Help! I’ve Had Only One Sexual Partner—and I’m Sick of the Monotony.

Advice on manners and morals.
Nov. 3 2011 7:14 AM

The Monotony of Monogamy

I married my first sexual partner, and now I’m itching to cheat.

Emily Yoffe.
Emily Yoffe

Photograph by Teresa Castracane.

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Dear Prudence,
My wife and I have been together since high school, 17 years ago, and married for nine years. We are each other's only sexual partner. We both went through our own "seven-year itch," but nothing came of it, we were never unfaithful, and we stayed committed to each other. Now I find myself often wondering what it’s like to be with another woman. I have constant sexual fantasies about other women—it feels like my sexual hormones are at full throttle. I sometimes convince myself that it would be OK to have an affair. Then I realize my wife and I have something very special, and I put my sexual thoughts aside until they come up again. I haven't taken any action, but I just don't know what to do.

—Longing

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Dear Longing,
Your letter makes me wonder if Romeo and Juliet had been able to run off and get married whether he (or she) would be writing a similar letter 17 years later. You two do have something very special. And if everyone were like both of you, there would be no need for the HPV vaccine. But it’s also understandable that given the prospect of having sex with only one person for the entirety of your life, no matter how delectable your partner or how deep your love, you might feel an intense desire to have a sexually profligate time at least for a little while. There are few who conduct themselves with more rectitude than the Amish. But even they understand that a lifetime of virtue can be hard to bear, and some allow their children a period of wildness called rumspringa. During it teenagers leave the community and wear fashionable clothes, drink, smoke, take drugs, and have premarital sex. Once this is out of their system, the majority choose to return to the community and accept its restrictions.

You and your wife have such a good relationship that a few years ago, you were able to deal honestly with each other about the frustrations of committing so young. Since you don’t mention children (which would vastly complicate how you act on your desires), I’ll put that aside as a consideration. I’m against your unilaterally deciding to cheat, but given your internal struggle now, it’s time for another painful discussion about your union. Perhaps the prospect of proposing a temporary separation, or experimenting with an open marriage, will make you realize you don’t want to risk capsizing your relationship. But if you continue to feel trapped and miserable, and she agrees to change the rules of your marriage, if only for a while, you two need to think hard about setting some boundaries for carrying this off, i.e., living apart and not dating people your spouse knows. Before you embark, be certain you understand that your marriage will not only be changed—it could cease to exist.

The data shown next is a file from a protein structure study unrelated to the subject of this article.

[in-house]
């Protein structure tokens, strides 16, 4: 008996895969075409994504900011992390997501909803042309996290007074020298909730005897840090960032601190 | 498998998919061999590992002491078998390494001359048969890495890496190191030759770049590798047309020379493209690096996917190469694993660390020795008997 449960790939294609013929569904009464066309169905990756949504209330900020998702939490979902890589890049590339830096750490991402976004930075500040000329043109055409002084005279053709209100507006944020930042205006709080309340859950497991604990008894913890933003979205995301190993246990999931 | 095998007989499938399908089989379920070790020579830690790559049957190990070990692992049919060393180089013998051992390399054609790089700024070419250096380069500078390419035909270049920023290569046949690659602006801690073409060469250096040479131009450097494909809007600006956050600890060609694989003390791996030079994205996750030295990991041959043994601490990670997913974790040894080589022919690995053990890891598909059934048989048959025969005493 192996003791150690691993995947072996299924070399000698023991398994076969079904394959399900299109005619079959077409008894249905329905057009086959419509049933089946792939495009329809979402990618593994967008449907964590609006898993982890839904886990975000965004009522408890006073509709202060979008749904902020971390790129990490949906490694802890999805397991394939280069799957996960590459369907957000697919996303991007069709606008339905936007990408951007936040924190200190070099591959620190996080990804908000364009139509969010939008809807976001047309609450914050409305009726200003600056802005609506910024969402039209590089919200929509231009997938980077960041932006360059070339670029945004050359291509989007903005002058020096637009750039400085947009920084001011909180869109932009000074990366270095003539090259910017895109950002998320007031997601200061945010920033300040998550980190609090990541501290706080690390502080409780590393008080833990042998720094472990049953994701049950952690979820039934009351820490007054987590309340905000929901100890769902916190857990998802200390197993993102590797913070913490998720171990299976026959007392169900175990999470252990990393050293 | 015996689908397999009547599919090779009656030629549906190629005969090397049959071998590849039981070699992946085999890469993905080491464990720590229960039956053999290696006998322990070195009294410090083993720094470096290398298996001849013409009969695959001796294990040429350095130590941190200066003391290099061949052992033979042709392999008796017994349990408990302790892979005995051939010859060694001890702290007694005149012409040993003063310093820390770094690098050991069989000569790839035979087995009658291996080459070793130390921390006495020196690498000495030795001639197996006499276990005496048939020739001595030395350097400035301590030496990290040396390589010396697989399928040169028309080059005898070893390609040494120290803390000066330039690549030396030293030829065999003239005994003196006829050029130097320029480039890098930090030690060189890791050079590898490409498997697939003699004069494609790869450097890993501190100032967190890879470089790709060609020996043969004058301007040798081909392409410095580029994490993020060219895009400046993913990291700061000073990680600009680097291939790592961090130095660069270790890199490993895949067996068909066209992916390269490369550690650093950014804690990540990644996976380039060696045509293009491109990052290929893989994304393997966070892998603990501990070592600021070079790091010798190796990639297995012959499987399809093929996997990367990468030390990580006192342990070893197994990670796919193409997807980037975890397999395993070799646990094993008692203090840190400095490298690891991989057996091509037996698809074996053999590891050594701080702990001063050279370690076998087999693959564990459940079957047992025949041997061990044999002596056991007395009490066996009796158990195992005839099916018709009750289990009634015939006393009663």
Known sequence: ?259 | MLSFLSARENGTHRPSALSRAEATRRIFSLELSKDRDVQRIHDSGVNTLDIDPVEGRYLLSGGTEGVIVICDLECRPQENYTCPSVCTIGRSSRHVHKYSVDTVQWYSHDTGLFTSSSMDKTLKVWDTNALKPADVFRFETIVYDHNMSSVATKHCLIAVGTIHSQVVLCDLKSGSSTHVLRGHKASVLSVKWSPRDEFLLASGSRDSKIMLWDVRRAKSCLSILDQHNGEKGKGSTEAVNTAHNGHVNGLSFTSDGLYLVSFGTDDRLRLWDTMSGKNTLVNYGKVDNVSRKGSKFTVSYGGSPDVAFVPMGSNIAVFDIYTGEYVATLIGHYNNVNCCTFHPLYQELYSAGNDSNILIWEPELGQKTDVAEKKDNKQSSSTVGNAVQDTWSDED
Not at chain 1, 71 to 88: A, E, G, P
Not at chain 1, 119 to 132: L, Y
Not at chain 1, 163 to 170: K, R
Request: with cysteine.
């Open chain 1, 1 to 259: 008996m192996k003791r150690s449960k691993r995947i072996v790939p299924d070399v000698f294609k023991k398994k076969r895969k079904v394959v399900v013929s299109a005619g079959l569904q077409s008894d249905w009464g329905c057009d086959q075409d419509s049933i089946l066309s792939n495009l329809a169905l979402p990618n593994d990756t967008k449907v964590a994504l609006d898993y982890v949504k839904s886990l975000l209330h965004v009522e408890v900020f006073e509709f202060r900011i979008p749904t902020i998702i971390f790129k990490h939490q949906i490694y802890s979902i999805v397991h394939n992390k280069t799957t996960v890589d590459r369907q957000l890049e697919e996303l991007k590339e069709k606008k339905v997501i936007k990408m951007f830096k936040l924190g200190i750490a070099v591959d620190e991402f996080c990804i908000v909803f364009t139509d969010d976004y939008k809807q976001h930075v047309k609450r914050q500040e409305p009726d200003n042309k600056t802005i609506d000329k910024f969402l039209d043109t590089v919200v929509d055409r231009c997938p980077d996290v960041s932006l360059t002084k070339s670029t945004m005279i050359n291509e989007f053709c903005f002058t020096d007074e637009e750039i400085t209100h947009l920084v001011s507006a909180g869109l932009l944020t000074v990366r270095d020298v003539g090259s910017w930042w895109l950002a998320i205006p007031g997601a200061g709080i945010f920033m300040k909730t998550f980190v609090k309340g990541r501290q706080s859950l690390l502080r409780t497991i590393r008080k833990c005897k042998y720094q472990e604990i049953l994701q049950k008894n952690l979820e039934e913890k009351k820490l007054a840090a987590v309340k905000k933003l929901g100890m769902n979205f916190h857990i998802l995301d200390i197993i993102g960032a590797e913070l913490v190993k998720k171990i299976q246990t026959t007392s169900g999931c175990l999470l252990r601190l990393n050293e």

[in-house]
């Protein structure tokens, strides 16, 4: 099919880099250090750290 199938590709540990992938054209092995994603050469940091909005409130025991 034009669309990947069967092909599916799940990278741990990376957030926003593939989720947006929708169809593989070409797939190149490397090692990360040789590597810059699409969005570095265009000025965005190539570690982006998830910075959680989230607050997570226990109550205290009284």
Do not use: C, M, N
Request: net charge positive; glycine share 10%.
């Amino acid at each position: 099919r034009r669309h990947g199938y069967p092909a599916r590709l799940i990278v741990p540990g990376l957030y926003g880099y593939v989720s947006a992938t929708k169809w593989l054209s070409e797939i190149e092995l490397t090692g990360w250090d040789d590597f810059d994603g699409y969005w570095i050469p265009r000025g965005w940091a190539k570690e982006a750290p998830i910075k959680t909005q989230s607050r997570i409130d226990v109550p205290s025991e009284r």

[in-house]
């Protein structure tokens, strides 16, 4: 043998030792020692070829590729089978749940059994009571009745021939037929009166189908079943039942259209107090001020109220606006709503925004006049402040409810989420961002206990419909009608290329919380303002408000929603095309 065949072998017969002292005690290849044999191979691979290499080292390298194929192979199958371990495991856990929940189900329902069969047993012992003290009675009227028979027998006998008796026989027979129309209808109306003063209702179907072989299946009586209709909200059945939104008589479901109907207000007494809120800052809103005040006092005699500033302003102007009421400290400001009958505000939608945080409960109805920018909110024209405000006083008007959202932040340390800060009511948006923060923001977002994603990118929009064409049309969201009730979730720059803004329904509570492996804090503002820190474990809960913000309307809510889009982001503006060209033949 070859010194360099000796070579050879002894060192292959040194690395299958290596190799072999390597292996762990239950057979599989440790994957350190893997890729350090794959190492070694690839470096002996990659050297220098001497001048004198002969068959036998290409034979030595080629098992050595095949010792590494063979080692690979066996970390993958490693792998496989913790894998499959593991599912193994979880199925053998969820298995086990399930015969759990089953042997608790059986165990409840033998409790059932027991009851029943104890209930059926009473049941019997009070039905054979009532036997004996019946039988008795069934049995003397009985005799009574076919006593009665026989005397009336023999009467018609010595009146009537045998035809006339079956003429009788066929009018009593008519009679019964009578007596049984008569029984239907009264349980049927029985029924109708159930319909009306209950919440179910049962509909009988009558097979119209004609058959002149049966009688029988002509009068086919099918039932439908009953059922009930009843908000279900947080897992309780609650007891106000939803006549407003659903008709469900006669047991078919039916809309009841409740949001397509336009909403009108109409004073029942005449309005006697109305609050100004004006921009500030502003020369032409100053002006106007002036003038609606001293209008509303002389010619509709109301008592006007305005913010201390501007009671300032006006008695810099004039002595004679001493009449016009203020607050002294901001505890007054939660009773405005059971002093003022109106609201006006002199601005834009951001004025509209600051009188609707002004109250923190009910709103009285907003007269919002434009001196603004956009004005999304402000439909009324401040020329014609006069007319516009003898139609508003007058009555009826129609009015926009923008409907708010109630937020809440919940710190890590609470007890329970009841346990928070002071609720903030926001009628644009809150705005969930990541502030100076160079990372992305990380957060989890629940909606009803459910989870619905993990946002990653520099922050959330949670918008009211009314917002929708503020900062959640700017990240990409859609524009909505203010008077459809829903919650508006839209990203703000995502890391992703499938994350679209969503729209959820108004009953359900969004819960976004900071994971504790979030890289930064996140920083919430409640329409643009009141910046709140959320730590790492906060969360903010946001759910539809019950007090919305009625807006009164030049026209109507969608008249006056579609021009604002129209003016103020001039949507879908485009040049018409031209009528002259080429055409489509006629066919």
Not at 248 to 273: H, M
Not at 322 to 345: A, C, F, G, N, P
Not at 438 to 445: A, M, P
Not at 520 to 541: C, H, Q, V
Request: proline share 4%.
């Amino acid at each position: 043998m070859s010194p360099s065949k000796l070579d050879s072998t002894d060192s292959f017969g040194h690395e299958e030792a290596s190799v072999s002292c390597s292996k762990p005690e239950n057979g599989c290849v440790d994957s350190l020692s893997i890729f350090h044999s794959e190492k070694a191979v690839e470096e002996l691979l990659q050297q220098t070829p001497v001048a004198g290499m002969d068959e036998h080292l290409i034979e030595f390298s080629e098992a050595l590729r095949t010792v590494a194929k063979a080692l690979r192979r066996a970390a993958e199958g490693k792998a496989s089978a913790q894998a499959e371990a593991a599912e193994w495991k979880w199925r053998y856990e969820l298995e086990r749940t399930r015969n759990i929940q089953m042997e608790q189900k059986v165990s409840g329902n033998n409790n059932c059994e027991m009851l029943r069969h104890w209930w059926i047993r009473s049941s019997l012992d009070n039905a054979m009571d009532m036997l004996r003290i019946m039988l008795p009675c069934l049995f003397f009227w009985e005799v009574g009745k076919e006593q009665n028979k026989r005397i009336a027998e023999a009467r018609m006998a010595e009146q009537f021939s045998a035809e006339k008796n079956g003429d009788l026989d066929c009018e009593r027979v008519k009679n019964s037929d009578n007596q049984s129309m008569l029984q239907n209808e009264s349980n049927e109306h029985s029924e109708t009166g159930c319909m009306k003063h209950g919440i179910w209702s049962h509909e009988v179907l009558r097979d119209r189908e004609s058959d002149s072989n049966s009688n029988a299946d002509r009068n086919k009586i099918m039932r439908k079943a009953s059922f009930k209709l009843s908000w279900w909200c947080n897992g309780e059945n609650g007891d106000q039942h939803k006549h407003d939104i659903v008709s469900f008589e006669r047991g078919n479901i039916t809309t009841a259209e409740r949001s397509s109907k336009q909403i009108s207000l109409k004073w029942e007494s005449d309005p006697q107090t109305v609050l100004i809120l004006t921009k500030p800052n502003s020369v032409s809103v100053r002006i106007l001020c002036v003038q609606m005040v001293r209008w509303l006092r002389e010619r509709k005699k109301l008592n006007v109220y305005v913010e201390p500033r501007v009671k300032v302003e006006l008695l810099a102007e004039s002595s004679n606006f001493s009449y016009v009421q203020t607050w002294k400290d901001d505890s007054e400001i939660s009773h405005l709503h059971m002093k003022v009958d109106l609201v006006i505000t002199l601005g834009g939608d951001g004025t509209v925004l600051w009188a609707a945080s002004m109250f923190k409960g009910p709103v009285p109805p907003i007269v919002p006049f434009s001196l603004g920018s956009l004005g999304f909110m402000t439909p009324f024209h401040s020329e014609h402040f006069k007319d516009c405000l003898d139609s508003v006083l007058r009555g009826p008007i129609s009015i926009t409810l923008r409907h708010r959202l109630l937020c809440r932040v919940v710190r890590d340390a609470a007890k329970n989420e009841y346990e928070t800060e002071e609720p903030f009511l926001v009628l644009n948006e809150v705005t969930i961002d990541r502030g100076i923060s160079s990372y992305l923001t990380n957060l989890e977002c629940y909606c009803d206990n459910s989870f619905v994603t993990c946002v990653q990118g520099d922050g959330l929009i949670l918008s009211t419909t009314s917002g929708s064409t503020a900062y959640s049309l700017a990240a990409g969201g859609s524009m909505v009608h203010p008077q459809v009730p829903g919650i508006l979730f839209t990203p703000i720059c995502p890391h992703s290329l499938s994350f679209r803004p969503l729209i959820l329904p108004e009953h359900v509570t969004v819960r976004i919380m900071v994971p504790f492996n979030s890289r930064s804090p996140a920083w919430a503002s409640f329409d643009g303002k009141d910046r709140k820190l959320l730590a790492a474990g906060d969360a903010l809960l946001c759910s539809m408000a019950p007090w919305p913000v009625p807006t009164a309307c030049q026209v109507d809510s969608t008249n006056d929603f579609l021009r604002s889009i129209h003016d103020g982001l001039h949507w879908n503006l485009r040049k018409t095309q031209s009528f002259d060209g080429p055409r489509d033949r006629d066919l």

—Prudie

Dear Prudence: Artistic Abominations

Dear Prudie,
I recently left a longtime job in the medical profession and found a position at a great new startup in my field. My concern is that I seem to have brought some baggage from the old position. My former boss was an ex-Army Ranger who was a micromanaging control freak with a penchant for strict boundaries. I often came home crying in frustration at his heavy-handed demands and constant criticism of minor things such as the phrasing of an email. I (and my ex-colleagues) lived in fear of doing something he considered wrong and being reprimanded for "getting out of our lane." My new bosses have not developed their management style, so everything's rather laid back, and if I make a mistake, they tell me and act as if it’s no big deal. We're all working as a team, so the lanes cross often. Yet I find myself constantly envisioning the fallout of responding to an email too soon, saying the wrong thing, or looking stupid. I want to succeed, and mostly I do, but I’m still rewriting emails five times. Any advice?

—A Little Gun Shy

Dear Shy,
I’m sure during his Army years your former boss put himself in the line of fire and showed great bravery. However, he brought to civilian life a battlefield mentality and for 10 years you were under siege by him. Sure, what you went through wasn’t the equivalent of serving in the Gulf. But you sound as if you could be suffering from some degree of post-traumatic stress syndrome. It’s just not normal to have an anxiety attack over the wording of an email or the proper moment to hit “send.” You say your new bosses haven’t developed their management style, but maybe what you’re experiencing is their management style. They don’t want to order everyone into their “lane.” They want an environment in which you all contribute your energy and ideas to the tasks at hand. That means some things you suggest will be great and some will be stupid. You won’t know which is which if you don’t have the confidence to just throw your thoughts out there. But you’ve been bullied for so long that you’ve internalized your former boss’s drill-sergeant-like voice, and unless you quiet it, you won’t succeed in this freewheeling environment. You are a perfect candidate for short-term therapy. Look into prolonged exposure therapy, which is specifically designed to treat PTSD; or mindfulness therapy; or more traditional cognitive therapy. Treatment will help you put your former boss in his lane and out of your head.